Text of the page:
Optical coherence tomography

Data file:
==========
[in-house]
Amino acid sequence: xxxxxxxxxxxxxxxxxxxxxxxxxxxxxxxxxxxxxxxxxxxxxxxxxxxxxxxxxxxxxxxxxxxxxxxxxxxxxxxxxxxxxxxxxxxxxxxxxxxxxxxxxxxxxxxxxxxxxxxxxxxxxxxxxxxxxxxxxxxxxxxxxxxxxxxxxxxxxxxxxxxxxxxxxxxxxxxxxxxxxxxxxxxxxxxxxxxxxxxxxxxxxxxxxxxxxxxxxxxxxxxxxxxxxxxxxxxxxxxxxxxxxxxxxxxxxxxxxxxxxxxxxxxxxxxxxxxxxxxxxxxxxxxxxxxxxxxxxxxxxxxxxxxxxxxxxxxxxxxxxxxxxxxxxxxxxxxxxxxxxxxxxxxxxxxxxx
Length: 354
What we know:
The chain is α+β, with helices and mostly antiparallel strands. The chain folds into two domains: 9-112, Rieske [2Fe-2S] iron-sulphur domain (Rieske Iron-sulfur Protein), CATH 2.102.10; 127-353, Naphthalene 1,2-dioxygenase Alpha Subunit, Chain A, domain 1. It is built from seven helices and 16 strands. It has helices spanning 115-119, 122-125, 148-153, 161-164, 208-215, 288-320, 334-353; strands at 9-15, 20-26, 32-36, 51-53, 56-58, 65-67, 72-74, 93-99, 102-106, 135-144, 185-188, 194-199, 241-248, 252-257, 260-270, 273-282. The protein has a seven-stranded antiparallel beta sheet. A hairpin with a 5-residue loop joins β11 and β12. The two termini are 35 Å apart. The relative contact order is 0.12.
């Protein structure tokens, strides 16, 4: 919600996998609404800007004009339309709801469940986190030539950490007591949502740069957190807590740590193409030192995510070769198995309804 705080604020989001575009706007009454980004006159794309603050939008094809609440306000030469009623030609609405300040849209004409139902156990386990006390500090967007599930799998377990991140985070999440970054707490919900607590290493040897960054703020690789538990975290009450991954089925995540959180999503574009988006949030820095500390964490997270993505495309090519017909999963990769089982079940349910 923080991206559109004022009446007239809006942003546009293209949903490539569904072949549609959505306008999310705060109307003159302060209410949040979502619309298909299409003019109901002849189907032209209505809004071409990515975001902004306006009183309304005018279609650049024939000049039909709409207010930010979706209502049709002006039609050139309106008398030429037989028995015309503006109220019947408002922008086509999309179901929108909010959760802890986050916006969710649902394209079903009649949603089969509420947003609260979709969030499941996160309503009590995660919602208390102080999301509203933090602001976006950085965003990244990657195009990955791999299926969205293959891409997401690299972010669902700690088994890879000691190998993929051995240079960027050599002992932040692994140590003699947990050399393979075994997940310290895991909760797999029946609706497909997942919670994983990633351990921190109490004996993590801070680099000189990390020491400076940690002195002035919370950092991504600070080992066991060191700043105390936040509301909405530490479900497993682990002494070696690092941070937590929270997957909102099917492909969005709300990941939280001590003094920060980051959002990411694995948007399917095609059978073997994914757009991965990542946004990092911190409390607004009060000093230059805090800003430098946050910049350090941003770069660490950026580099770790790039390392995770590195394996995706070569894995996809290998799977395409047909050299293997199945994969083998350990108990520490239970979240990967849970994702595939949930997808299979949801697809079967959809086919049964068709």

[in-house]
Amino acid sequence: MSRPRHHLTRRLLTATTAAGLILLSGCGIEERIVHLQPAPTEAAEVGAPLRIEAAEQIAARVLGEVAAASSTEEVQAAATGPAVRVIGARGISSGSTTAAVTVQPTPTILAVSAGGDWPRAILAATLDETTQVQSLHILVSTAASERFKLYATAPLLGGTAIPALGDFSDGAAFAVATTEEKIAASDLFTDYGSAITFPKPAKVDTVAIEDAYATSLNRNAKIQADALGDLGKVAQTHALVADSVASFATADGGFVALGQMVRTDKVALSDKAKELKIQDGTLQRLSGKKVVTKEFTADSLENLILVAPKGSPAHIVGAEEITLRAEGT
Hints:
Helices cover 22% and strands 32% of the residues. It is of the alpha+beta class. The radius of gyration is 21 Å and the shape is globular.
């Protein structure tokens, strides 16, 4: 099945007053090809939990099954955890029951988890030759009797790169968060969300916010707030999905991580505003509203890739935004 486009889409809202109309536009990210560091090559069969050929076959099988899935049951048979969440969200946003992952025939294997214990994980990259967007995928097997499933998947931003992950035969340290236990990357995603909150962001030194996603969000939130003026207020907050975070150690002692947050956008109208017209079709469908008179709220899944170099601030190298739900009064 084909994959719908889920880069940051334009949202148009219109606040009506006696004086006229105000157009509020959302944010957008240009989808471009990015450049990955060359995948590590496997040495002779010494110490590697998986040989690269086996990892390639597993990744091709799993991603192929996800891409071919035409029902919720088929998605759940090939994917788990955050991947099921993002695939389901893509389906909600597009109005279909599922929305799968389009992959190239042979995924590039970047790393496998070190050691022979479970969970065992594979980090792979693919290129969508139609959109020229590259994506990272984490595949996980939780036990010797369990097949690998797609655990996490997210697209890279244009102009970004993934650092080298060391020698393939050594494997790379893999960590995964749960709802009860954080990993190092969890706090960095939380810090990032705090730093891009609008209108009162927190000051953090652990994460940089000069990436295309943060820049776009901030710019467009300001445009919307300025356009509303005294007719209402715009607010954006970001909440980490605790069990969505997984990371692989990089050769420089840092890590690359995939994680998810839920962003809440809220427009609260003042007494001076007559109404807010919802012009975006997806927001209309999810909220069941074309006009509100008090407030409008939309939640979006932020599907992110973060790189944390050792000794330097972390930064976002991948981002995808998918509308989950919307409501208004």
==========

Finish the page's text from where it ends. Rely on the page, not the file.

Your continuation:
Optical coherence tomography (OCT) is an established medical imaging technique that uses light to capture micrometer-resolution, three-dimensional images from within optical scattering media (e.g., biological tissue). Optical coherence tomography is based on low-coherence interferometry, typically employing near-infrared light. The use of relatively long wavelength light allows it to penetrate into the scattering medium. Confocal microscopy, another optical technique, typically penetrates less deeply into the sample but with higher resolution.Depending on the properties of the light source (superluminescent diodes, ultrashort pulsed lasers, and supercontinuum lasers have been employed), optical coherence tomography has achieved sub- micrometer resolution (with very wide-spectrum sources emitting over a ~100 nm wavelength range).Optical coherence tomography is one of a class of optical tomographic techniques. A relatively recent implementation of optical coherence tomography, frequency-domain optical coherence tomography, provides advantages in signal-to-noise ratio, permitting faster signal acquisition. Commercially available optical coherence tomography systems are employed in diverse applications, including art conservation and diagnostic medicine, notably in ophthalmology and optometry where it can be used to obtain detailed images from within the retina. Recently it has also begun to be used in interventional cardiology to help diagnose coronary artery disease. It has also shown promise in dermatology to improve the diagnostic process.